Radicals in the Heartland
About the BookIn 1969, the campus tumult that defined the Sixties reached a flash point at the University of Illinois. Out-of-town radicals preached armed revolution. Students took to the streets and fought police and National Guardsmen. Firebombs were planted in lecture halls while explosions rocked a federal building on one side of town and a recruiting office on the other. Across the state, the powers-that-be expressed shock that such events could take place at Illinois's esteemed, conservative, flagship university—how could it happen here, of all places?
Positioning the events in the context of their time, Michael V. Metz delves into the lives and actions of activists at the center of the drama. A participant himself, Metz draws on interviews, archives, and newspaper records to show a movement born in demands for free speech, inspired by a movement for civil rights, and driven to the edge by a seemingly never-ending war. If the sudden burst of irrational violence baffled parents, administrators, and legislators, it seemed inevitable to students after years of official intransigence and disregard. Metz portrays campus protesters not as angry, militant extremists but as youthful citizens deeply engaged with grave moral issues, embodying the idealism, naiveté, and courage of a minority of a generation.
About the AuthorMichael V. Metz took part in the student movement at the University of Illinois at Urbana-Champaign from 1965 to 1970. He is retired from a career in high-tech marketing and resides in Saratoga, California, with his wife, daughter, and two dogs.
Reviews"Michael V. Metz gives an insightful, well-documented analysis of events that shaped each year of the 1960s at the University of Illinois Champaign-Urbana campus. " --Illinois Times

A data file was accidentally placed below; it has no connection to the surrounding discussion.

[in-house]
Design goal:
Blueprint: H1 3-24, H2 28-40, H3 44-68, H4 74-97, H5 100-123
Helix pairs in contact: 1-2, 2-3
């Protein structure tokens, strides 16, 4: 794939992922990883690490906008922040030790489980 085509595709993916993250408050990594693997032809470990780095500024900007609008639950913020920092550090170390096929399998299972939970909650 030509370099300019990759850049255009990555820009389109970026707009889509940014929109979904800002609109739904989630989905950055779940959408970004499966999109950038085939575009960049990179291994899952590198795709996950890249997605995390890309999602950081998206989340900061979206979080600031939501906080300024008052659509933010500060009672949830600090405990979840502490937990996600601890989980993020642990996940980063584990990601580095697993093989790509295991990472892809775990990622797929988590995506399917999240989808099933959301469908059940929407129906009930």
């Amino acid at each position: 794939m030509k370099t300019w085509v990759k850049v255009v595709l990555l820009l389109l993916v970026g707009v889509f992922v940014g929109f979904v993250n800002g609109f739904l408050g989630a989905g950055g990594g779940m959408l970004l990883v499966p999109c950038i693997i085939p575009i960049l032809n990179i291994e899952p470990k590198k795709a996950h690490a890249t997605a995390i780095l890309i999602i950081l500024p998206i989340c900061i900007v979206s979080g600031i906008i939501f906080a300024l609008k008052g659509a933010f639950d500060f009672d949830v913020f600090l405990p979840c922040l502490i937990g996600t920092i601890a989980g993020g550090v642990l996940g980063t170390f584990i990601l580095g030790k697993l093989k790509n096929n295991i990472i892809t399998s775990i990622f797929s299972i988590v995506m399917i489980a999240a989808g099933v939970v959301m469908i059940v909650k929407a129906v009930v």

"Metz has crafted a compelling and intriguing story and has succeeded in writing the activism of students at Urbana-Champaign into the history of the 1960s. " --Social History
"Metz's volume is a deeply researched account that compels us to appreciate how free speech, racial issues, draft resistance, and antiwar activism were fought over on the U of I's flagship campus in Central Illinois." --H-Net Reviews
"Thoughtful, provocative, and powerful, filled with both painful memories and humorous anecdotes, Metz’s book about the upheaval of one college campus during the radical Sixties is a real work of history."--Roger Simon
"Michael Metz has contributed a valuable addition to our understanding of the student movement in the Midwest with his study of the University of Illinois during the 1960s. Solidly researched and gracefully presented, this will undoubtedly earn a much deserved place on reading lists and reference material for years to come."--Mary Ann Wynkoop, author of Dissent in the Heartland: The Sixties at Indiana University
"Michael Metz, a student-activist during the turbulent free speech and anti-war movements at the University of Illinois during the 1960s, has written a compelling and well-researched account of that era, based on interviews with many other activists and additional extensive research in contemporary news accounts and archival material."—Robert Justin Goldstein, author of Political Repression in Modern America: From 1870 to 1976